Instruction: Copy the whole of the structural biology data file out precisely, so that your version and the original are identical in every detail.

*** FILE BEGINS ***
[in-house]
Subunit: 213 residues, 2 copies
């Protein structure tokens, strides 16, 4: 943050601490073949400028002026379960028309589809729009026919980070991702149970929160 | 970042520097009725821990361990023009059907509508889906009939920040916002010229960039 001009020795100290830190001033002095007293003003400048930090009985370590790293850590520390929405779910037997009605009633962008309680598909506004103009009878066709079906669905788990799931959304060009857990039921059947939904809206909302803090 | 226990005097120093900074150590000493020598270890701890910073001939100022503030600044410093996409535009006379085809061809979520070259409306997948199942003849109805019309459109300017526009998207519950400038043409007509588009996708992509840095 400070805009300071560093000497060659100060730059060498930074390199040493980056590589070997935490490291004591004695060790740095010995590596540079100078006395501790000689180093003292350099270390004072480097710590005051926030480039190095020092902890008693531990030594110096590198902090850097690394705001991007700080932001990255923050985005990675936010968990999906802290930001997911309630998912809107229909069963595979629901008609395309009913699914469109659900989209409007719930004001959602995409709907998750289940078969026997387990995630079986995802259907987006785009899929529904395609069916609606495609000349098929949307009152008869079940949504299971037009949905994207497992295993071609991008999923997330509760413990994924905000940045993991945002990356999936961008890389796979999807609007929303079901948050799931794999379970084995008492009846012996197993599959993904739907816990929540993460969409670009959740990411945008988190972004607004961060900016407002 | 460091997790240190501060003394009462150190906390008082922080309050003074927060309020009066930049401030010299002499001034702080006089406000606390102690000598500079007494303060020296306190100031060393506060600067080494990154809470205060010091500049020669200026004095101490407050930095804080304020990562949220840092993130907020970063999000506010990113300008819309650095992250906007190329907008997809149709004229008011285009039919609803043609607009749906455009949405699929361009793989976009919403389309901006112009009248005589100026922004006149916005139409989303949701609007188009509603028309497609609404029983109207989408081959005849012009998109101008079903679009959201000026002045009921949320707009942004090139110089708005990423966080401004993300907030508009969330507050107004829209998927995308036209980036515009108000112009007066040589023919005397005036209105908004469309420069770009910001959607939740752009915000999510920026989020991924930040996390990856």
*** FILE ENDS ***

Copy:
[in-house]
Subunit: 213 residues, 2 copies
């Protein structure tokens, strides 16, 4: 943050601490073949400028002026379960028309589809729009026919980070991702149970929160 | 970042520097009725821990361990023009059907509508889906009939920040916002010229960039 001009020795100290830190001033002095007293003003400048930090009985370590790293850590520390929405779910037997009605009633962008309680598909506004103009009878066709079906669905788990799931959304060009857990039921059947939904809206909302803090 | 226990005097120093900074150590000493020598270890701890910073001939100022503030600044410093996409535009006379085809061809979520070259409306997948199942003849109805019309459109300017526009998207519950400038043409007509588009996708992509840095 400070805009300071560093000497060659100060730059060498930074390199040493980056590589070997935490490291004591004695060790740095010995590596540079100078006395501790000689180093003292350099270390004072480097710590005051926030480039190095020092902890008693531990030594110096590198902090850097690394705001991007700080932001990255923050985005990675936010968990999906802290930001997911309630998912809107229909069963595979629901008609395309009913699914469109659900989209409007719930004001959602995409709907998750289940078969026997387990995630079986995802259907987006785009899929529904395609069916609606495609000349098929949307009152008869079940949504299971037009949905994207497992295993071609991008999923997330509760413990994924905000940045993991945002990356999936961008890389796979999807609007929303079901948050799931794999379970084995008492009846012996197993599959993904739907816990929540993460969409670009959740990411945008988190972004607004961060900016407002 | 460091997790240190501060003394009462150190906390008082922080309050003074927060309020009066930049401030010299002499001034702080006089406000606390102690000598500079007494303060020296306190100031060393506060600067080494990154809470205060010091500049020669200026004095101490407050930095804080304020990562949220840092993130907020970063999000506010990113300008819309650095992250906007190329907008997809149709004229008011285009039919609803043609607009749906455009949405699929361009793989976009919403389309901006112009009248005589100026922004006149916005139409989303949701609007188009509603028309497609609404029983109207989408081959005849012009998109101008079903679009959201000026002045009921949320707009942004090139110089708005990423966080401004993300907030508009969330507050107004829209998927995308036209980036515009108000112009007066040589023919005397005036209105908004469309420069770009910001959607939740752009915000999510920026989020991924930040996390990856």